PARKLAND, Florida — Connor Dietrich, 17, returned to school on Wednesday with a massive tattoo of an eagle on his chest — the mascot of Marjory Stoneman Douglas High School in Parkland, Florida.
His classmates, Dana Craig, 16, and Dylan Kraemer, 17, also returned with new ink. Dana’s, on her upper thigh, is of a feather above script that says “proud to be an eagle.” Dylan’s, on his ribs, is the number “17” between angel’s wings, the phrase “Douglas strong” and the date of the massacre that killed 17 of his classmates: Valentine’s Day, 2018.
Wednesday was the first day of classes for the Stoneman Douglas students since their former classmate Nikolas Cruz allegedly opened fire with an AR-15 rifle. It was filled with emotion and the signs of grief, which every student processed differently. Jack and Connor, who were together during the shooting, were locked out of a class before a teacher let them in and led them to safety.
Officials made sure therapy dogs and white carnations were on hand. Students wore matching school T-shirts and painted “Fly High” on their cars.
Dietrich, 17, walked to school with his friends, Jack Macleod, 16, and Isabella Pfeiffer 16, passing dozens of news cameras. They were happy that helicopters weren’t thrumming overhead — the sound, they said, would have reminded them of that day.
“They’re treating me like I’m Kylie Jenner,” student Kyrah Simon, 17, told BuzzFeed News about the cameras.
Inside, Simon said, there were stress balls, Connect Four, Jenga, Play-Doh, and stuffed animals.
Senior Carly Novell, 17, said she carried a stuffed white teddy bear all day. “I felt like a 6-year-old,” she said, “but I really liked carrying it.”
“I knew we had to go back at some point,” she told BuzzFeed News. “I was really nervous. It was kind of overwhelming.”
It was hard to determine what was normal, she said. “There was just a wall of police saying ‘Good morning’ to us, which was really strange. Then, after the police, there were a bunch of people saying they support me. And there were horses. And there were goats.”
Novell that she wasn’t sure what the goat was about: “I pet the goat. I don’t know if it’s like a therapy goat or what, but there was a goat.”
The whole thing felt cinematic. “It feels like a movie,” she said, adding, “I just don’t want to keep hearing that people are here to support me and they’re there for me.”
The school principal sent parents an email, viewed by BuzzFeed News, on Monday telling parents there would be extra security on hand. “We will have an increased police presence, along with undercover police,” the email read. “I do not want to give a police-state environment, but want the parents and students to know that extra resources will be here and will continue to be here.”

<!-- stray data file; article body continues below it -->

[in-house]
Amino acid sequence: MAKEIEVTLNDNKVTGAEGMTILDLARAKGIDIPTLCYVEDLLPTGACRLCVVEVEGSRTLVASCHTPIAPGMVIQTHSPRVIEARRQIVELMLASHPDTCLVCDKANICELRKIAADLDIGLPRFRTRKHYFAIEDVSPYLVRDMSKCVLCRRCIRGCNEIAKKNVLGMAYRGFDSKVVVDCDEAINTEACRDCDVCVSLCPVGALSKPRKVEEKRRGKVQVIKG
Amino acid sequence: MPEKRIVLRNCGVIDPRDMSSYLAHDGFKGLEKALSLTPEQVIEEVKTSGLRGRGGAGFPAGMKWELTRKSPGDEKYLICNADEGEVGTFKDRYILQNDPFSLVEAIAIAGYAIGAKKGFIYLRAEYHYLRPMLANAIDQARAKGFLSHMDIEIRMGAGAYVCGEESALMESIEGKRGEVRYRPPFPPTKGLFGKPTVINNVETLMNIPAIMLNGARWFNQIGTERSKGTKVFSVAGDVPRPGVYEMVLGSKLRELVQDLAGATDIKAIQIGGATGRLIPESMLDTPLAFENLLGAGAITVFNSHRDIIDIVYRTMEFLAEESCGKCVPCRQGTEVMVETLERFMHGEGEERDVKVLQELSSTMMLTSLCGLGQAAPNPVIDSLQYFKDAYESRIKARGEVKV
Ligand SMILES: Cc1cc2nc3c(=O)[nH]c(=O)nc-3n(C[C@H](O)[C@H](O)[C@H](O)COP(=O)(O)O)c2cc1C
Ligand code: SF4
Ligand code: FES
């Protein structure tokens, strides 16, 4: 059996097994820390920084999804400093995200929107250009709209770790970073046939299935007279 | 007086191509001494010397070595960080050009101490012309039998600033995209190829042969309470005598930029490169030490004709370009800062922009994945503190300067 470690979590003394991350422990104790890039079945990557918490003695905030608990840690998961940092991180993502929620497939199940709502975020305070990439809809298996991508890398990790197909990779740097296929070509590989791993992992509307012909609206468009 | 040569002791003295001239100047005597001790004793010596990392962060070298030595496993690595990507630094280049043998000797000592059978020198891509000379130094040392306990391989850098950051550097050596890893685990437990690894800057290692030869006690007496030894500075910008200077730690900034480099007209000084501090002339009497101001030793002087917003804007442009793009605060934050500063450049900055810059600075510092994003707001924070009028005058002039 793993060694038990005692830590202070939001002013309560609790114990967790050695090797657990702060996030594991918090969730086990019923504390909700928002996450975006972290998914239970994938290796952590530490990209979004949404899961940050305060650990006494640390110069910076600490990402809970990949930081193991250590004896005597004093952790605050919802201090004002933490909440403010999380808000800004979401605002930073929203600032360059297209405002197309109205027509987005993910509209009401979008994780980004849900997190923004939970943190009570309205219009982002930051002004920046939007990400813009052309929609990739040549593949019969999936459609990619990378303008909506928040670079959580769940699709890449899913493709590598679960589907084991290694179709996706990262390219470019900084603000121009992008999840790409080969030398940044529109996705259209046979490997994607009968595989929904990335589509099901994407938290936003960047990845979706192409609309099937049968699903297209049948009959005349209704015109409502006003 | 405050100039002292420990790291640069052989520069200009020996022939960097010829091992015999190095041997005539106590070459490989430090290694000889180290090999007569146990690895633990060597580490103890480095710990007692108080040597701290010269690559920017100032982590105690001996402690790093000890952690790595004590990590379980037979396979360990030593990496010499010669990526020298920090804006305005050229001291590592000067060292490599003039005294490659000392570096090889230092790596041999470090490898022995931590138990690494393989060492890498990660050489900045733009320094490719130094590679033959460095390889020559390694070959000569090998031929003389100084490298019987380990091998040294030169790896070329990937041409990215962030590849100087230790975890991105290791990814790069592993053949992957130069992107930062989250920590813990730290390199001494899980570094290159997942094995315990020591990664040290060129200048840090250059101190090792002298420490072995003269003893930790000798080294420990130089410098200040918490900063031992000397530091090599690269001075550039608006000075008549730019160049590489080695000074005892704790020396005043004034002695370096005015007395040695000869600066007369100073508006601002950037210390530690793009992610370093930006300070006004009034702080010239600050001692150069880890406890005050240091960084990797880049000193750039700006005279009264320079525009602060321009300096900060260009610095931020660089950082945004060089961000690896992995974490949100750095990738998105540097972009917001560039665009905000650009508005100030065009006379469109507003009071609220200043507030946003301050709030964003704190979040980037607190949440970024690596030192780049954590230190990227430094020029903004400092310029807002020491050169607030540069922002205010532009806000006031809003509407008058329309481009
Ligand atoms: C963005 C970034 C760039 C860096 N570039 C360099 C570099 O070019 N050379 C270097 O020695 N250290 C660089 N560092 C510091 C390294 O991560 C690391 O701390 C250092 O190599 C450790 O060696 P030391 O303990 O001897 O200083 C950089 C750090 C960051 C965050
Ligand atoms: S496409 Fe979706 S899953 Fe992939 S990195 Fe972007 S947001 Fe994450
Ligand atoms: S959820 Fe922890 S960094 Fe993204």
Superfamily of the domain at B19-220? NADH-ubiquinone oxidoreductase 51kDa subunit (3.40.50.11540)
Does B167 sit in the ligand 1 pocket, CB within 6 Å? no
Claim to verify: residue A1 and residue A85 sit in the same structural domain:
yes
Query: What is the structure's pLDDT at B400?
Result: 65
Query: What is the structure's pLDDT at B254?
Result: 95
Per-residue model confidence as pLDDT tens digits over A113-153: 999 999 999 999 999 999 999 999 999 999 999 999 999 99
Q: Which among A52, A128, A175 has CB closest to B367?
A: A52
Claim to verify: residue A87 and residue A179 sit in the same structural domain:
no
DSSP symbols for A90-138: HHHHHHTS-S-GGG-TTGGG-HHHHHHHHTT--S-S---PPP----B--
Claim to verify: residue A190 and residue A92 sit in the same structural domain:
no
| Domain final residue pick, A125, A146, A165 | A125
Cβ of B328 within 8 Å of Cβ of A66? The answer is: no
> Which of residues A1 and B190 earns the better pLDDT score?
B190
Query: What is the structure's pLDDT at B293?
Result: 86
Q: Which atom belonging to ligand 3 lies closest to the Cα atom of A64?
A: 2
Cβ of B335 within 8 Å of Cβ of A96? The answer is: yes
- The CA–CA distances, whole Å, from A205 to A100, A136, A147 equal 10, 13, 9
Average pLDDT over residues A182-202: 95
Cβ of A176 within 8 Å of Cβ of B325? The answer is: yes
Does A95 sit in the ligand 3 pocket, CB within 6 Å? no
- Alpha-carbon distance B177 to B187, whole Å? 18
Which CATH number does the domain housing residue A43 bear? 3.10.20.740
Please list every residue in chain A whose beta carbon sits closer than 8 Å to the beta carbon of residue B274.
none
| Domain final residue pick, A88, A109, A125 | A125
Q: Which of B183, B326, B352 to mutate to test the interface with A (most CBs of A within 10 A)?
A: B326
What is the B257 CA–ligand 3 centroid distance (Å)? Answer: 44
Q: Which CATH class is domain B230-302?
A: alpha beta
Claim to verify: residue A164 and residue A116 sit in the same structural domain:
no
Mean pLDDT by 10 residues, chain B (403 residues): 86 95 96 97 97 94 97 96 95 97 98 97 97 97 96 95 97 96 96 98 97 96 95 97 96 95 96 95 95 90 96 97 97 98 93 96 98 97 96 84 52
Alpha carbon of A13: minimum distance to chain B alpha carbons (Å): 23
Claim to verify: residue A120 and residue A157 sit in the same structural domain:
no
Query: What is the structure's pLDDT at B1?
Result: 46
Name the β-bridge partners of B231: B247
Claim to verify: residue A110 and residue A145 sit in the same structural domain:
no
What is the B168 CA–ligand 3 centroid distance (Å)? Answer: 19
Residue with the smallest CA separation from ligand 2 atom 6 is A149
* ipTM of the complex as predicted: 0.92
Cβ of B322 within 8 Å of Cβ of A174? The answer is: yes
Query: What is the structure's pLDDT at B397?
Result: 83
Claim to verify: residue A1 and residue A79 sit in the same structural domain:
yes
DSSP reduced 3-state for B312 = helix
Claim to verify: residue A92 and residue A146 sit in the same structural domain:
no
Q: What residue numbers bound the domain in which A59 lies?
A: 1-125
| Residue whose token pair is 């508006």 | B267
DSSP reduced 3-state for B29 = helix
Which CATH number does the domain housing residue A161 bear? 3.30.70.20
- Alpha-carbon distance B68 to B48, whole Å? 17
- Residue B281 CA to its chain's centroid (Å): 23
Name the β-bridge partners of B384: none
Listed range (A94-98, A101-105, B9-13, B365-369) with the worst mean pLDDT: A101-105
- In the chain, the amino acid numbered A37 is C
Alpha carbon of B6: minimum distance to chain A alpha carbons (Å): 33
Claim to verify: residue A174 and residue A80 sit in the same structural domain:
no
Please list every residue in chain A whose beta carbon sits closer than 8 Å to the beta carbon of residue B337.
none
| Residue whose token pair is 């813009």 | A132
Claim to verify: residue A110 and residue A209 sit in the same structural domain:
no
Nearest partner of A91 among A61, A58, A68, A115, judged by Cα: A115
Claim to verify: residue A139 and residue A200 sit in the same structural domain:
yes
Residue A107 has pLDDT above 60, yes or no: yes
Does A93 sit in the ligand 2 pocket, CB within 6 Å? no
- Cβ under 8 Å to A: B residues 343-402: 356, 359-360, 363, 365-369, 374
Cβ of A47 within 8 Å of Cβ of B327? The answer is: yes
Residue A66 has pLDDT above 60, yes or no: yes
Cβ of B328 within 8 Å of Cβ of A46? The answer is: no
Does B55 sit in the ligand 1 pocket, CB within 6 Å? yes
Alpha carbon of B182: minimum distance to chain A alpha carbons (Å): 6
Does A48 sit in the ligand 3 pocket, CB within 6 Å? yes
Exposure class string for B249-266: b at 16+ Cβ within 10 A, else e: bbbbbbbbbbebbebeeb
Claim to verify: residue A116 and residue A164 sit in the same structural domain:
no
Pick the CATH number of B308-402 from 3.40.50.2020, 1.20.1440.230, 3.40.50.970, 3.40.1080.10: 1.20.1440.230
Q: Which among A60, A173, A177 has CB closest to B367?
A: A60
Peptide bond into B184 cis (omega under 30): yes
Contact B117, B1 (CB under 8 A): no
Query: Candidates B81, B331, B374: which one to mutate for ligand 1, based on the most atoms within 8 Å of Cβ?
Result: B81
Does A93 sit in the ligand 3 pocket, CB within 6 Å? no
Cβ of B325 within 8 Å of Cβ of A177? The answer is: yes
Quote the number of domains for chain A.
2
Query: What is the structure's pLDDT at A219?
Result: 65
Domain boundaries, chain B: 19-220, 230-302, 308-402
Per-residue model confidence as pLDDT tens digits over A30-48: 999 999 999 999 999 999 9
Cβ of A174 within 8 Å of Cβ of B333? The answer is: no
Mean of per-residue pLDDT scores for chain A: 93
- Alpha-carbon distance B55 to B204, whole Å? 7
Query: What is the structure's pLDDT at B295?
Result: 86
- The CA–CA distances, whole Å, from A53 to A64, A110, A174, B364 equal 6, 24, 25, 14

Dietrich said that he flinched when the bell between classes rang. During a moment of silence for the 17 victims, he teared up, but added: “I hide it pretty well.”
He said that in some of his classes they wrote down how they were feeling. “I think a lot of us bullshitted it,” he said. “We were like, ‘Yeah, I feel fine. I’m happy to be back in school.' But, you know, we’re all sad. It’s not a fun experience.” It was a day of relaxing and feeling — he played Clue.
Jack, his friend, added, “We sat in a circle talked about how we feel.”
Jack's father, Michael, told BuzzFeed News that he tried not to project his own anxiety onto his son. “He’s a very strong guy,” Macleod said. “As a parent, we have to be careful not to impose our anxiety on our children.”
He said he tried to not text his son while he was inside. “We’ve been together most of the last two weeks, and I just wanted to give him a little space to kind of adjust on his own,” Macleod said.
It was an emotional day for parents too. Macleod said he was thinking of those who lost their children in the attack. “My heart again goes out to the victims — those families don’t have the luxury I have,” he said.
Fred Guttenberg’s daughter, Jaime, 14, died in the shooting. His son survived. He called the day “bittersweet.”
“The kids were ready to go back,” he said. “But unfortunately, my son goes back without his sister.”
Even some students who thought they wouldn’t return did so, like Sofie Whitney, 18, a member of the Never Again movement. She had earlier told BuzzFeed News that she "wouldn’t like to return to school until the federal government starts making some progress.” But, she said, she had a change of heart. “We as a community need to be together,” she said on Tuesday. “I now realize that less school is not the answer.”
Around 11:30 a.m., before the final bell, families began to gather outside, looking at the school. Many were on their phones. One older man stood close to the fence, staring intently ahead.
“There he is,” one mom said smiling, after she spotted her son.
Twenty minutes after the students' release, adults approached law enforcement officials to complain that the sidewalk was lined with cameras and the students couldn’t easily leave.
But despite the looks of tiredness and the anxious parents, the departure could have been mistaken for any other day of high school. Outside of the crime scene tape — which teens lifted up to exit — teens greeted or said goodbye to their friends.
“What the fuck? What the fuck?” one high schooler joyously questioned another.
Two teen girls smiled widely at each other after saying goodbye.
Later, at a parking lot down the street from the school, a group of guys bumped music as they drove away.
Remy Smidt is a reporter with BuzzFeed News and is based in New York.
Contact Remy Smidt at email@example.com.
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